The spectacular moment of value creation with aesthetic capital overshadowed rational powers of a number of people on the ferry. This is the feeling called ‘the sublime’ according to Burke. Yet having declared New York City an ‘awesome’ city in the world, Lady Gaga waved the flag of rainbow capitalism in the ‘spectacular’ way visible from the ferry, chanting, ‘make America diverse again’; Gaga’s LGBTQIA diversity intersects with normative understandings of ‘normal military policies’, and ‘normal just wars’. This sexualised order of international relations made me think of the connection between the headlines of The New York Times like ‘ISIS kills Gays’ and ‘Iran hangs Gay men’, and the BBC’s ‘Meet Iran’s gay mullah forced to flee the country’. Yet along the exotic subject of ‘Gay Mullah’, these brown bodies had also become the subjects of torture, rape, and execution in the prisons of Abu Ghraib, in Bagram, and Tehran’s Evin prison, where I was kept in solitary confinement for many months for the crime of being an ‘independent leftist journalist’. In that prison, thousands of jailed Iranian anti-imperialist forces were killed and buried in mass graves like Khavaran cemetery in the 1980s (Asefi 2013).

LGBTQIA identity in the West is a product of specific Euro-American histories and social formations as John D’Emilio put it in his seminal and widely influential essay linking ‘gay’ identity with ‘free labour’ under capitalism (D’Emilio 1983). When this set of values became an indispensable part of the package of liberal imperialist forces for the global South, understanding contemporary sexuality and gender politics in one of the targeted countries of Washington compels an examination of the imbrications between the idea of modernity, the production of non-normative identity-based social categories, and critiques of neoliberalism. The tyrannies of sexual and gender normativity have been widely examined in queer theory. Heteronormativity, homonormativity, whiteness, family values, marriage, monogamy, Christmas, have all been objects of sustained critique, but what is at stake is whether what remains of queer theory is able/not able to address the complexities of the situation in a way similar to the way the plights of fallen anti-capitalist forces from US-targeted countries like the Islamic Republic in Iran have been commodified by the human rights industry. As far as those large parts of a generation of macho leftists need to be studied in this regard, the history of desire and militancy needs to be at the centre of this queer study which usually tends to reduce political agency to a vague, impotent,  and merely performative framework in Western academia rather than get into the importance of class and explore the sexual dimensions of different concepts of Marxist political economy in the region beyond the fashionable imperial narrative of ‘democracy versus dictatorship’.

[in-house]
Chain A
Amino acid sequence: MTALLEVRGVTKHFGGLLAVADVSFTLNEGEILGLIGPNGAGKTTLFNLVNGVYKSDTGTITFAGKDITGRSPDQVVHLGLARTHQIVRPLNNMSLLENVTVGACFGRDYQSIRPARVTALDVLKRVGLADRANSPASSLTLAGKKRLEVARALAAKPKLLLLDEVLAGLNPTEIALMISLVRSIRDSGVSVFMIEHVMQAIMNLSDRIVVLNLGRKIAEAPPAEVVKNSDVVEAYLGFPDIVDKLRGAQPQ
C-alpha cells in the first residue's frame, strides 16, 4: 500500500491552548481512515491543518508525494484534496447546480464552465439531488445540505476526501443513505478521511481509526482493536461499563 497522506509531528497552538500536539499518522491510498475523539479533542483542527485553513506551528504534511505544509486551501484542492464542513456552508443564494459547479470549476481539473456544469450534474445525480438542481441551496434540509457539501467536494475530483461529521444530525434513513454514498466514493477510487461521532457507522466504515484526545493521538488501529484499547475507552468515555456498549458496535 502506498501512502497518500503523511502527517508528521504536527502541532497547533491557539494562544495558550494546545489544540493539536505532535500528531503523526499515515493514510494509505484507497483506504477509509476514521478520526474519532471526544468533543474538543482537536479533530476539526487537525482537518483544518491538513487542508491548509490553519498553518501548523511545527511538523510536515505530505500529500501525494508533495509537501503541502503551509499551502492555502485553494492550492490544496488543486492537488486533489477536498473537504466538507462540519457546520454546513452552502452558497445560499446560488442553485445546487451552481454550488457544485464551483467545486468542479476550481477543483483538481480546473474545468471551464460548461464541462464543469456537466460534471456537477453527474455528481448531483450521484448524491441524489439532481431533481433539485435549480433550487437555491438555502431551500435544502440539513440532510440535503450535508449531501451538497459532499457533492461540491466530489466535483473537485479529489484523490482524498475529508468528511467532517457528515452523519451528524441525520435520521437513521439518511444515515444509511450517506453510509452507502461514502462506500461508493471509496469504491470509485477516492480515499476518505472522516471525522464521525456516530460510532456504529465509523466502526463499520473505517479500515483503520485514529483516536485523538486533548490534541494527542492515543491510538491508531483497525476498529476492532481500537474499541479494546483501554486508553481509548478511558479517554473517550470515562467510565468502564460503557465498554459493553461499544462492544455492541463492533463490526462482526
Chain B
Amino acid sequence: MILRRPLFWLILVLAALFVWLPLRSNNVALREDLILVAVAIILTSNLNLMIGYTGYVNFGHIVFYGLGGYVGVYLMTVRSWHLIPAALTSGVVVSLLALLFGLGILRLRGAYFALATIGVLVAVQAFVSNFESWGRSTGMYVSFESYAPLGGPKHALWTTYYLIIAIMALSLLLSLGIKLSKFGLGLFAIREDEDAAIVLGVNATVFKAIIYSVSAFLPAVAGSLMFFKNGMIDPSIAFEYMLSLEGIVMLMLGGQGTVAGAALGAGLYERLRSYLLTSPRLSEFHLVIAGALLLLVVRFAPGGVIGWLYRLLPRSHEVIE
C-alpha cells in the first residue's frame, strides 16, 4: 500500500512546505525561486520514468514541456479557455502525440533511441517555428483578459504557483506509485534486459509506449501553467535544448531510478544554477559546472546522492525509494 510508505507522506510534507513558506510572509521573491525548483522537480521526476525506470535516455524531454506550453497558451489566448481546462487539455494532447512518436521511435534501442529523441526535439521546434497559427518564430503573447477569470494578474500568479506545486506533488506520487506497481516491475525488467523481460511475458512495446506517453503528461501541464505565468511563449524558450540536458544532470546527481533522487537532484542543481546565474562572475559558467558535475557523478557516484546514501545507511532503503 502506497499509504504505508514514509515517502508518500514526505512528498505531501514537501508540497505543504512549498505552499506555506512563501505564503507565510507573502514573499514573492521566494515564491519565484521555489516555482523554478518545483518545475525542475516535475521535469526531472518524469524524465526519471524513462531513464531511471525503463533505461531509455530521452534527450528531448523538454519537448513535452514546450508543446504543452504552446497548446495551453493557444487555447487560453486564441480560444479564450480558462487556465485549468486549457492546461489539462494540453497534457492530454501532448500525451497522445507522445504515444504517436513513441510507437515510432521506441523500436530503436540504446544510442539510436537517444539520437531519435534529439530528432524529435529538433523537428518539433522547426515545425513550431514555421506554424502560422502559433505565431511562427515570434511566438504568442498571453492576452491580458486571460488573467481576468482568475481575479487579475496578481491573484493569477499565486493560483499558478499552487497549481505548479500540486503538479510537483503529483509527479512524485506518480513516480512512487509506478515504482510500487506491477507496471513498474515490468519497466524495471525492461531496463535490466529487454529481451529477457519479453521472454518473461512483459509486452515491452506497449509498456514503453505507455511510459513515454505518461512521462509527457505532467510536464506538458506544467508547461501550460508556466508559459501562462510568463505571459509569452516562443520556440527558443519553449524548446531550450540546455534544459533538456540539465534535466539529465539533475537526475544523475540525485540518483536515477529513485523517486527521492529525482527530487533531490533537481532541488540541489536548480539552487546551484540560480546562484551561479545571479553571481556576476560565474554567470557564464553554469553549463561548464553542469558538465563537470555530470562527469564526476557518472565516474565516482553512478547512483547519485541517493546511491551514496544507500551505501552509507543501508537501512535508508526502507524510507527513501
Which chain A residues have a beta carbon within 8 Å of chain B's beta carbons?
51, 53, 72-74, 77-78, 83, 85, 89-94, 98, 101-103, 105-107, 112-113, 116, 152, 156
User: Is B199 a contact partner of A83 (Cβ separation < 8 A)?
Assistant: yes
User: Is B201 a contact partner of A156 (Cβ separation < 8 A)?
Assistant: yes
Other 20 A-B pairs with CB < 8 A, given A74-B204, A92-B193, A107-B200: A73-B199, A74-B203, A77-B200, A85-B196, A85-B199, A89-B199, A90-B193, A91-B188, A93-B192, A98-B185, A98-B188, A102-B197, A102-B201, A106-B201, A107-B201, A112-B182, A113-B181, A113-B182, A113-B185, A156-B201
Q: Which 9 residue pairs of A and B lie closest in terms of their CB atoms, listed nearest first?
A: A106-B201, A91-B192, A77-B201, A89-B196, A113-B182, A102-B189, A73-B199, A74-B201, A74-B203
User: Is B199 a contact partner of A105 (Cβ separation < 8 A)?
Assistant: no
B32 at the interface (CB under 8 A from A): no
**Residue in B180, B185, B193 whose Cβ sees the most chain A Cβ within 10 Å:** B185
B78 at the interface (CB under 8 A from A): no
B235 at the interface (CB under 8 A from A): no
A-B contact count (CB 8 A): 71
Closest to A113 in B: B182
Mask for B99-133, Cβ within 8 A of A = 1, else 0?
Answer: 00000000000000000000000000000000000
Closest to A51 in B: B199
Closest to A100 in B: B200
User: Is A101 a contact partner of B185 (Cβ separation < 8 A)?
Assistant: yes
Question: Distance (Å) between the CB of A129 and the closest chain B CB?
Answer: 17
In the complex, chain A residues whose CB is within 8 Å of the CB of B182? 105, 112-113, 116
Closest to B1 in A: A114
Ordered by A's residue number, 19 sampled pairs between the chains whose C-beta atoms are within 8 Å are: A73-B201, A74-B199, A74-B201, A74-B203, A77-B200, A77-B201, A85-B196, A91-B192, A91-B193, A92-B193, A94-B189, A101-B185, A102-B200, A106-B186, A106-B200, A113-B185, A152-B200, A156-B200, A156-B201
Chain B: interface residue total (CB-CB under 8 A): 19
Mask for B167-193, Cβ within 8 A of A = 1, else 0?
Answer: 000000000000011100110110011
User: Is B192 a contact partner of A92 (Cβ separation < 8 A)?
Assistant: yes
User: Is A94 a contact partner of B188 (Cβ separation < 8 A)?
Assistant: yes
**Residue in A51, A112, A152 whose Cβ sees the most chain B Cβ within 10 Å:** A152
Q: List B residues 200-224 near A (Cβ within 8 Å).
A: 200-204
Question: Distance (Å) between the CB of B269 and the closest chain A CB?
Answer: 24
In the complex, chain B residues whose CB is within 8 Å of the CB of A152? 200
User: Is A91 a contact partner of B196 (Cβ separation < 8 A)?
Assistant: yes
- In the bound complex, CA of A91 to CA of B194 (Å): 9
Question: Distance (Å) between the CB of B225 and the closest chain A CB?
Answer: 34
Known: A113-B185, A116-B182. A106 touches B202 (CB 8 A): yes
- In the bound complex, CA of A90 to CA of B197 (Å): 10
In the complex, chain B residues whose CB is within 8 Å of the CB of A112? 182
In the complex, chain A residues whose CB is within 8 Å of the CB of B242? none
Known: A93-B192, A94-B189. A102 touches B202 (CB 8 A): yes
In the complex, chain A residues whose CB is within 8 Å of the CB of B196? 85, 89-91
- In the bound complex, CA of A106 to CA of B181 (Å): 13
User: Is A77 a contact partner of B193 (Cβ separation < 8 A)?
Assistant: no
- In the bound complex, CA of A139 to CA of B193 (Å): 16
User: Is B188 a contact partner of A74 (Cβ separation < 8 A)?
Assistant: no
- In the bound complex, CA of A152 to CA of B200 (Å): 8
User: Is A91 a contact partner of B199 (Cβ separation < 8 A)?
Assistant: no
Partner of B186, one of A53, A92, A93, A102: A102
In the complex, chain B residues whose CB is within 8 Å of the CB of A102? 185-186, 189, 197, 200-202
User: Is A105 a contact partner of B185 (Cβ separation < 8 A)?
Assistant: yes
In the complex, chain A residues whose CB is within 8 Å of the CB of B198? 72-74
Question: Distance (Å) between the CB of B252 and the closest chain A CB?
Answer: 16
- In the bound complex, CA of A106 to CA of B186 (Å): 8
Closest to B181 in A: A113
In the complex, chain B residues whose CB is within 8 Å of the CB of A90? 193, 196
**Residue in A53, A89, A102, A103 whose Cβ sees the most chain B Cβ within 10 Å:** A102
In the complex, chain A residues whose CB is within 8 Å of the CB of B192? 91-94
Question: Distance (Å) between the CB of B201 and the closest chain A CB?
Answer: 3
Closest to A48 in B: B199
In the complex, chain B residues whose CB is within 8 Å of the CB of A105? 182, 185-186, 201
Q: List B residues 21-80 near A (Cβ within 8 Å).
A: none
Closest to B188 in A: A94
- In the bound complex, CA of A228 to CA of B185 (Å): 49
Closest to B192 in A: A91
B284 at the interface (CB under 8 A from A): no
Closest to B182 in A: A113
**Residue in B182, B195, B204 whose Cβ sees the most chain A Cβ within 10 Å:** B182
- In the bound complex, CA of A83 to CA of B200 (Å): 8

While the dominant imperialist power chooses which bodies and sexualities need to be ‘saved’ and which ‘homophobic’ Muslims need to be ‘civilised’, the barbaric masculinity of a neoliberal theocracy in transition like the one in Iran makes it more difficult to talk about the necessity of going beyond the Western regime of sexuality and its primitive homo/hetero binary which is the effect of a colonial epistemology.